Jurors hear three versions of double homicide


Jurors heard three different versions Thursday of what happened five years ago when two 18-year-old boys were killed in Hayward in an execution-style shooting.

Prosecutor Jimmie Wilson said in a closing argument today that both 22-year-old Tiara Arnold and 25-year-old Isaiah Washington, 25, who are from Oakland, should be found guilty of two counts of murder and other charges for the shooting deaths of Rafael Avila and Carlos Buenrostro, both of Hayward, in the 21600 block of Westpark Street at about 1 a.m. on May 9, 2010.

Wilson said he believes the evidence shows that Arnold fired the 21 shots from an AK-47 assault rifle that killed the two victims, but he thinks that Washington planned to rob the two 18-year-olds and ordered Arnold to kill them so there wouldn’t be any witnesses to the crime.

Wilson said Arnold and Washington were in love with each other and “he was telling her what to do and she’s doing it.” Washington was 21 at the time of the incident and Arnold was only 17 but she is being prosecuted as an adult.

Wilson said:

“It doesn’t matter if she pulled the trigger, it’s his gun and they were in this together. They’re both guilty and the fact that she shot does not get him off the hook.”

The prosecutor said Washington possessed the assault rifle that was used in the shooting and if it weren’t for him Arnold wouldn’t have had the means to carry out the shooting.¬†Washington said Avila and Buenrostro were lying face down when they were shot and a witness said the gunfire was so forceful that their bodies bounced off the concrete.

In addition to two counts of murder, Wilson said Arnold and Washington should be convicted of attempted murder for three shots that he alleges that Arnold fired at a 16-year-old girl who was with them and of the special circumstances of committing multiple murders and committing murders during the course of a robbery.

Washington’s attorney, William Linehan, admitted that Washington “is no angel” and has a previous conviction for robbery but he said Washington didn’t intend for Avila and Buenrostro to be killed. Lineham alleged that Arnold acted on her own when she shot Avila and Buenrostro.

Wilson said witness testimony that Washington hid his face when the witness drove past the scene shortly after the shooting indicates that Washington “was doing something criminal.” But Linehan said if Washington hid his face it was only because “he just saw the person he loved brutally kill two men.”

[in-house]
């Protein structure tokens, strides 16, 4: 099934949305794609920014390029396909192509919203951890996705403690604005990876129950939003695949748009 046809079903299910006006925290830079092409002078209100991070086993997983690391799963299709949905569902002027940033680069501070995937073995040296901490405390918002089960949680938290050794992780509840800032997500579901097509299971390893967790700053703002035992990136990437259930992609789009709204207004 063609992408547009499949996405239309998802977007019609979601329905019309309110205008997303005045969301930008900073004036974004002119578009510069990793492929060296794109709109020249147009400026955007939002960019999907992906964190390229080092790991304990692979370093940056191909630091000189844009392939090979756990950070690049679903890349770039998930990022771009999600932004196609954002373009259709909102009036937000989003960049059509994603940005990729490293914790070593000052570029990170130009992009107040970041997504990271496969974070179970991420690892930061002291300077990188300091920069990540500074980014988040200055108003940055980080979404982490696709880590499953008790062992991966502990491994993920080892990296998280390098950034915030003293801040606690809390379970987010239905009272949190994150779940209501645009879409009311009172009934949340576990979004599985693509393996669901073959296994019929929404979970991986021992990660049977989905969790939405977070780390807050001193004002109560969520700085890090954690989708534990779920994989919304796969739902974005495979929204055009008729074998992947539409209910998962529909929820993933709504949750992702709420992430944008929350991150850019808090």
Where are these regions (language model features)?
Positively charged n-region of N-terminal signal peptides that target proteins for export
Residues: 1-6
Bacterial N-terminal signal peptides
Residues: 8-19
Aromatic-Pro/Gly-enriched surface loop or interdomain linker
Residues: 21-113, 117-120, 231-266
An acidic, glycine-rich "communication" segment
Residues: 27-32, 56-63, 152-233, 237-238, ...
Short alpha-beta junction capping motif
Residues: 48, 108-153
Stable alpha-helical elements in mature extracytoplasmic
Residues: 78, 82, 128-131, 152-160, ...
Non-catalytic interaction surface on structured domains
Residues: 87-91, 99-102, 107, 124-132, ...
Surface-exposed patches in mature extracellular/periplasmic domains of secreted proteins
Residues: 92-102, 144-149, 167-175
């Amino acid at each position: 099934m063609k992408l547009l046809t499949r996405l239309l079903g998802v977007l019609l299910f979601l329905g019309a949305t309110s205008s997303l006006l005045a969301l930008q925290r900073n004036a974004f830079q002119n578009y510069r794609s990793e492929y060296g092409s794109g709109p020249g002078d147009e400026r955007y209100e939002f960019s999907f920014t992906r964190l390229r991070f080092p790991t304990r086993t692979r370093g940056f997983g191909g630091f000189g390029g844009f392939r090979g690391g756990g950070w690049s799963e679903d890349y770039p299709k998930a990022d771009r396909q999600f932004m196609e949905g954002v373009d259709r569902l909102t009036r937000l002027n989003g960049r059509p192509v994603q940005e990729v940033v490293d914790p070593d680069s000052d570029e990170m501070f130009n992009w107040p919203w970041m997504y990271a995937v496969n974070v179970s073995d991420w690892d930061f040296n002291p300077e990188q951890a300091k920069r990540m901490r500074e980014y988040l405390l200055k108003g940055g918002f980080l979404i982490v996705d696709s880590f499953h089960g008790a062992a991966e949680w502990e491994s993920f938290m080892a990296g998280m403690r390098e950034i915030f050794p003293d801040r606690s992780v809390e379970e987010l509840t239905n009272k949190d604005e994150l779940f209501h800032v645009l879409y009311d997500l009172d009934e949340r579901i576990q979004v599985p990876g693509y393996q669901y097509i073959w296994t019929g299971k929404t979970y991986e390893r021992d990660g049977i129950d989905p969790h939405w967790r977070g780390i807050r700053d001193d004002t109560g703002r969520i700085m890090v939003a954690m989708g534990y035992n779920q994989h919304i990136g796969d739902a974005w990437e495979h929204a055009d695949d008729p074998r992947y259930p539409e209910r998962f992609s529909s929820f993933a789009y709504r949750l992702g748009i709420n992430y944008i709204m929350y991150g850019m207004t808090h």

Linehan said:

“My client is terrified and doesn’t want to be caught but that doesn’t mean he murdered anybody.”

However, Arnold’s attorney, Eliott Silver, said if Arnold actually fired the shots that killed the two victims it was only because she was under duress since Washington was carrying the assault rifle and was ordering her around. Silver said Arnold’s actions were “reasonable” because “nobody is going to fight with a man who has an AK-47 in his hand.”

Pointing at Washington, Silver told jurors, “You are in the presence of evil” and alleged that the crime wouldn’t have occurred if it weren’t for him. Silver said Washington “was enraged, had just been out of jail for a week (after serving time for his robbery conviction) and went on a rampage.

Silver also said he thinks there is reasonable doubt about whether Arnold fired the shots that killed the two victims because testimony from the woman who was 16 at the time of the incident and was with Washington and Arnold when the shooting occurred is unreliable.

The woman testified that both Arnold and Washington held the gun at different times that night but Arnold was the last person she saw holding it before shots were fired, although she didn’t actually see the shooting. But Silver said that when he cross-examined the woman and asked her who was holding the gun before shots rang out she said she didn’t know.

The defense attorney said the woman’s equivocation is “reasonable doubt of the highest order” and if Arnold were convicted based on the woman’s testimony “it would be a miscarriage of justice.”

Introducing another element into the trial, Linehan said the woman, who admitted on the witness stand that she was a gang member at the time, had a sexual relationship with Arnold while Washington was in jail and Washington was furious when he found out about it.

Linehan said Washington was so angry at the woman that he might have threatened to kill her that night but that doesn’t mean that he wanted Avila and Buenrostro to be robbed and killed:

“Mr. Washington’s anger at the woman because of a lover’s quarrel is contemptible but that isn’t the crime that’s charged in this case.”

Jurors will begin deliberating on Monday.

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